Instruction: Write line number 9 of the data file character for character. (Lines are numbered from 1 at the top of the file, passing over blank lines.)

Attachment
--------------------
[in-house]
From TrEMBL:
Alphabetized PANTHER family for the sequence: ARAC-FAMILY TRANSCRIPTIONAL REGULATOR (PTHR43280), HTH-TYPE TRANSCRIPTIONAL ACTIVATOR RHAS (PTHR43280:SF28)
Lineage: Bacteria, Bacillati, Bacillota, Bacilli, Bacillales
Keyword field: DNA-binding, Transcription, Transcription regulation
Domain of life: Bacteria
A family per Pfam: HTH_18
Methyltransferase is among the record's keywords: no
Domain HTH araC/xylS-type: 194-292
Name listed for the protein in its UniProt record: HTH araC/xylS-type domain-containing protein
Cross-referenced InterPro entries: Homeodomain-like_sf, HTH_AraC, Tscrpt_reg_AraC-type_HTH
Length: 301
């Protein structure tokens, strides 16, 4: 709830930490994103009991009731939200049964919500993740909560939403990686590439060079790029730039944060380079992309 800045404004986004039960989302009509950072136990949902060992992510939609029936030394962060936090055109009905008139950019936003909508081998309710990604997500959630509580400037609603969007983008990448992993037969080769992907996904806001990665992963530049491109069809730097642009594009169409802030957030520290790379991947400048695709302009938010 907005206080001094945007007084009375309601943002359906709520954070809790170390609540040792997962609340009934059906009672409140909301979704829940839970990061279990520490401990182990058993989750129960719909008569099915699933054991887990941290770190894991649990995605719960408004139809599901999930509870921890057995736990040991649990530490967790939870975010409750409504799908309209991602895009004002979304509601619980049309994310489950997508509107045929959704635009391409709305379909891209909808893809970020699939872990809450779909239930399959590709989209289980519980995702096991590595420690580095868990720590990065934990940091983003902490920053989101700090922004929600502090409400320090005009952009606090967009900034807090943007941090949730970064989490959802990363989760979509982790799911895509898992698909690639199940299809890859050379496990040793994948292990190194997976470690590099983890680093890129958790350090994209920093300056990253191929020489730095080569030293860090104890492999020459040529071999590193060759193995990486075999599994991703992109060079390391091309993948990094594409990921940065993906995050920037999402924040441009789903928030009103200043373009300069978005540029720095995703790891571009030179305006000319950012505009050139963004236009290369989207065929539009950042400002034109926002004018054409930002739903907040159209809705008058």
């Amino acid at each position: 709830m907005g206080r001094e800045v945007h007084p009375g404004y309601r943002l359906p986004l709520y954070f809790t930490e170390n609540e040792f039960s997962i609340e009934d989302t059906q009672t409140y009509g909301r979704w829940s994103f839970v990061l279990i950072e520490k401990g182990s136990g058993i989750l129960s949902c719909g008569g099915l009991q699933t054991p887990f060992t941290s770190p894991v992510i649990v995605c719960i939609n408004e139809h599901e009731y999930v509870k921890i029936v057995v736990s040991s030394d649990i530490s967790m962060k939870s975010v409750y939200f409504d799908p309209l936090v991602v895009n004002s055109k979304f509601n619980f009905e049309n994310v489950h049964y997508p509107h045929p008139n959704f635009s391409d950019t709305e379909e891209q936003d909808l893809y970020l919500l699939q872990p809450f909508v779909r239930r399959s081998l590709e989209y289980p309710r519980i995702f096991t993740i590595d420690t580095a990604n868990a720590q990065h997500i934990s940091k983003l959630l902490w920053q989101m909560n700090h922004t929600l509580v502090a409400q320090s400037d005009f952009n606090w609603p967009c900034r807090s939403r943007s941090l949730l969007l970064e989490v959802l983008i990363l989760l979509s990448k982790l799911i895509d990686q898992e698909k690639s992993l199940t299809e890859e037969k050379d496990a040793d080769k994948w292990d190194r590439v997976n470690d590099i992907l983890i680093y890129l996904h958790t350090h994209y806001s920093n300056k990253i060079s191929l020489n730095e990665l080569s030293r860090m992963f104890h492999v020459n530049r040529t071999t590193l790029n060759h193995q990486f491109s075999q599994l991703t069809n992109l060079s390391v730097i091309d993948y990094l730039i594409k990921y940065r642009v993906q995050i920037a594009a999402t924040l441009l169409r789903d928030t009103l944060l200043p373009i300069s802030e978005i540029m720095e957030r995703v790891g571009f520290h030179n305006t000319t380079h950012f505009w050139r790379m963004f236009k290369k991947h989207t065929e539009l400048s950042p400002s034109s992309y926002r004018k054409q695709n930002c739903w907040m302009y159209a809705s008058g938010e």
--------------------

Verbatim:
Domain HTH araC/xylS-type: 194-292